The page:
In March 1945, Galland returned to operational flying and was permitted to form a jet fighter unit which he called Jagdverband 44. He flew missions over Germany until the end of the war in May. After the war, Galland was employed by Argentina's Government and acted as a consultant to the Argentine Air Force. Later, he returned to Germany and managed his own business. Galland also became friends with many former enemies, such as RAF aces Robert Stanford Tuck and Douglas Bader. Adolf Galland died on 9 February 1996.

The Bf 109, designed by Messerschmidt and often called the ME 109, was one of the two main fighters used by the Luftwaffe during WWII, and it went through many revisions during the war. The final production version of the Bf 109 was the K series or Kurfürst (Elector), introduced in late 1944, powered by the DB 605D engine with up to 2,000 PS (1,471 kW; 1,973 hp). Though externally akin to the late production Bf 109G series, a large number of internal changes and aerodynamic improvements were incorporated that improved its effectiveness and remedied flaws, keeping it competitive with the latest Allied and Soviet fighters. The Bf 109's outstanding rate of climb was superior to many Allied adversaries including the P-51D Mustang, Spitfire Mk. XIV and Hawker Tempest Mk. V. Introduced later in the war, there were approximately 1,700 of the Bf 109K-4 variant produced between August 1944 until March 1945, when production ceased.

As with much of the late G model (Gustav) Bf 109 instrument panels, this example is made of wood, which is correct for all of the K models produced. Late war shortages necessitated this change. The panel is in excellent used condition, showing some oxidation and deterioration, but overall is in great shape. Originally there would have been a third panel surrounding this double panel, which held the ammo counters, but that is not included with this example. We have shown a "reference example" picture of another collector's Bf 109K-4 control, which has all of the levers, buttons, etc. installed along with the ammo counters.

Though some of the instruments have broken free of their rubber shock mountings, all are present except for the compass. All instruments look to still have their indicators intact. The various components look to be complete and undamaged, but there is no way to verify functionality. There are also many of the wires and hoses on the back of the panel still present, which are often lost or destroyed. Measures approximately 23 inches wide by 12 inches high, and probably is about 8 inches deep.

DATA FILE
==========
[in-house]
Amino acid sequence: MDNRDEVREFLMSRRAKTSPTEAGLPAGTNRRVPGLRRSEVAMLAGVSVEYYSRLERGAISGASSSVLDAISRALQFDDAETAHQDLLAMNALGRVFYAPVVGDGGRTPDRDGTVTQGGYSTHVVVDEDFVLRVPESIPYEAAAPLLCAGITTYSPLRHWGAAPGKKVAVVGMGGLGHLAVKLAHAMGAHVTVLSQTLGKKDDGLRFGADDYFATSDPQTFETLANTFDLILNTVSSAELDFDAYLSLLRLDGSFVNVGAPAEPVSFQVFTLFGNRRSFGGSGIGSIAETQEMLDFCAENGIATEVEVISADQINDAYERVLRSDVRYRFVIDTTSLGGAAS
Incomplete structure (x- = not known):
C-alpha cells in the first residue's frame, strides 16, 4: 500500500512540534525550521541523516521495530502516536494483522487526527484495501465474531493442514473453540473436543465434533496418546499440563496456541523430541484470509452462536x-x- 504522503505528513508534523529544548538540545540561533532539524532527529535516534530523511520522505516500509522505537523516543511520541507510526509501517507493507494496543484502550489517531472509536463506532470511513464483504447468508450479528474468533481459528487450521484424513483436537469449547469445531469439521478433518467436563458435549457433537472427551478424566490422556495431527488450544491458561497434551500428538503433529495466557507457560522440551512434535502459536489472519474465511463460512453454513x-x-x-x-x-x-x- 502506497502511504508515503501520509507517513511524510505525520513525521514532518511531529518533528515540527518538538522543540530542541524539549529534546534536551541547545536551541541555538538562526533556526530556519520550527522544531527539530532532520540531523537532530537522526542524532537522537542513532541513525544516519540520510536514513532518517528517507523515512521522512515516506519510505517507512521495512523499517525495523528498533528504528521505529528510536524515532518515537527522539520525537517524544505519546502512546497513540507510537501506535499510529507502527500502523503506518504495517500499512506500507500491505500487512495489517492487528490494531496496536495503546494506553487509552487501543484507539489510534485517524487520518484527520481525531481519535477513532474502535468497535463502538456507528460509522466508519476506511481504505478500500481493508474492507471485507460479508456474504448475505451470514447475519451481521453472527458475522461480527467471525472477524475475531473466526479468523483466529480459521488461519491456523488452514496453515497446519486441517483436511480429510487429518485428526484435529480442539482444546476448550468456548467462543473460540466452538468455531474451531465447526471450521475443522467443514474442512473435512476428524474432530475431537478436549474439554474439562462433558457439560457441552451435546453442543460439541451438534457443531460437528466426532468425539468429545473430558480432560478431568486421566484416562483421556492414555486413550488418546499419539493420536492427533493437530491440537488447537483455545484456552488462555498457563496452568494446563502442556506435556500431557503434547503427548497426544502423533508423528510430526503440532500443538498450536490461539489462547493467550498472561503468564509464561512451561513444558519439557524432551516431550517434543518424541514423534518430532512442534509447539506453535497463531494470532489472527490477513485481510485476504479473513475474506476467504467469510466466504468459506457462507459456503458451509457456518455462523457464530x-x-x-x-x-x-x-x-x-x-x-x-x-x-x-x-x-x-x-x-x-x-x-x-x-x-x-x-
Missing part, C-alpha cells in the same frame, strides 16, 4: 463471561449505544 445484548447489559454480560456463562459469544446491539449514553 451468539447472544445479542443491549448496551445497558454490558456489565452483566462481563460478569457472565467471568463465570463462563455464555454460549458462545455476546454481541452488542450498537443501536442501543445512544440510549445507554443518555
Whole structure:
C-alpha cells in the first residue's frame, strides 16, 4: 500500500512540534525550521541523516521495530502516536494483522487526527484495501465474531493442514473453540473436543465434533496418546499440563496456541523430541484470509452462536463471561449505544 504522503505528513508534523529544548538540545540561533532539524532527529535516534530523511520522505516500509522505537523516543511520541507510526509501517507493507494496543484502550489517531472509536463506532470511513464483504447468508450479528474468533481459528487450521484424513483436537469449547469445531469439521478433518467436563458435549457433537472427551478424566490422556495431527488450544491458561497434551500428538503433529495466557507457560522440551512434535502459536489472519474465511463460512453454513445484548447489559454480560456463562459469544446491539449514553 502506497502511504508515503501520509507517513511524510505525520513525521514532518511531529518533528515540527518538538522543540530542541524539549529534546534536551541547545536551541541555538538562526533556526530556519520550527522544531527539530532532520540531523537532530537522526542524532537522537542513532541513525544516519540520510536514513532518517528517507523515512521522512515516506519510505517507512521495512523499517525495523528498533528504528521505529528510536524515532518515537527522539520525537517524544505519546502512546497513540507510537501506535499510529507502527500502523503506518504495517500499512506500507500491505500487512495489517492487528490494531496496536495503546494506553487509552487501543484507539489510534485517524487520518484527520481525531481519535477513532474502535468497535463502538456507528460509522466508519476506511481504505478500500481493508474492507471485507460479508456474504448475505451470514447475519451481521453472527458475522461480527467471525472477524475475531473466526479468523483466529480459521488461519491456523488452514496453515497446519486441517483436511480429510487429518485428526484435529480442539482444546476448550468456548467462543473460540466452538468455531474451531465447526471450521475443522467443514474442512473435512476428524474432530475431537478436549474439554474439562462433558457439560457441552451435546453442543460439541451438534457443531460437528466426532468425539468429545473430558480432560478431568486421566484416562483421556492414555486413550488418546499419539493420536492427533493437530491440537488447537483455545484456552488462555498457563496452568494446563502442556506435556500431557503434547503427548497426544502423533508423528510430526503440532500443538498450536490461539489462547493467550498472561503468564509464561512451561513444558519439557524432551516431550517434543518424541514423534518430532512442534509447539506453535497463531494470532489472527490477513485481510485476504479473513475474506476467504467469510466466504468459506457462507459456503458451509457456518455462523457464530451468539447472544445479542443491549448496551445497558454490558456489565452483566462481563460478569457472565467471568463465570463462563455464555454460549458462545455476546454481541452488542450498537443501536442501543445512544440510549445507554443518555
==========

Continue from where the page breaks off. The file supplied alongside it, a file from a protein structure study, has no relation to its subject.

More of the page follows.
A fantastic collector's opportunity that is unlikely to ever appear again! Ready to display as the centerpiece of your Luftwaffe collection!

The ME-109:
The Messerschmitt Bf 109, was a German World War II fighter aircraft that was the backbone of the Luftwaffe's fighter force. The Bf 109 first saw operational service during the Spanish Civil War (1939) and was still in service at the dawn of the jet age at the end of World War II (1945). It was one of the most advanced fighters of the era, including such features as all-metal monocoque construction, a closed canopy, and retractable landing gear. It was powered by a liquid-cooled, inverted-V12 aero engine. From the end of 1941, the Bf 109 was steadily being supplemented by the superior Focke-Wulf Fw 190.

It was commonly called the Me 109 most often by Allied aircrew and even amongst the German aces themselves even though this was not the official German designation. The "Bf 109" designation was issued by the German ministry of aviation and represents the developing company Bayerische Flugzeugwerke and is a rather arbitrary figure.
It was designed by Willy Messerschmitt (hence Me 109) and Robert Lusser, who worked at Bayerische Flugzeugwerke, during the early to mid-1930s.

Originally conceived as an interceptor, later models were developed to fulfill multiple tasks, serving as bomber escort, fighter-bomber, day-, night-, all-weather fighter, ground-attack aircraft, and as reconnaissance aircraft. It was supplied to and operated by several states during World War II, and served with several countries for many years after the war. The Bf 109 was the most produced fighter aircraft in history, with a total of 33,984 airframes produced from 1936 up to April 1945.

The Bf 109 was flown by the three top-scoring German fighter aces of World War II, who claimed 928 victories among them while flying with Jagdgeschwader 52, mainly on the Eastern Front. The highest scoring fighter ace of all time, Erich Hartmann, flew the Bf 109 and was credited with 352 aerial victories. The aircraft was also flown by Hans-Joachim Marseille, the highest scoring German ace in the North African Campaign who achieved 158 aerial victories. It was also flown by several other aces from Germany's allies, notably Finn Ilmari Juutilainen, the highest scoring non-German ace on the type, and pilots from Italy, Romania, Croatia, Bulgaria and Hungary. Through constant development, the Bf 109 remained competitive with the latest Allied fighter aircraft until the end of the war.
  • This product is available for international shipping.
  • Not eligible for payment with Paypal or Amazon


Cash For Collectibles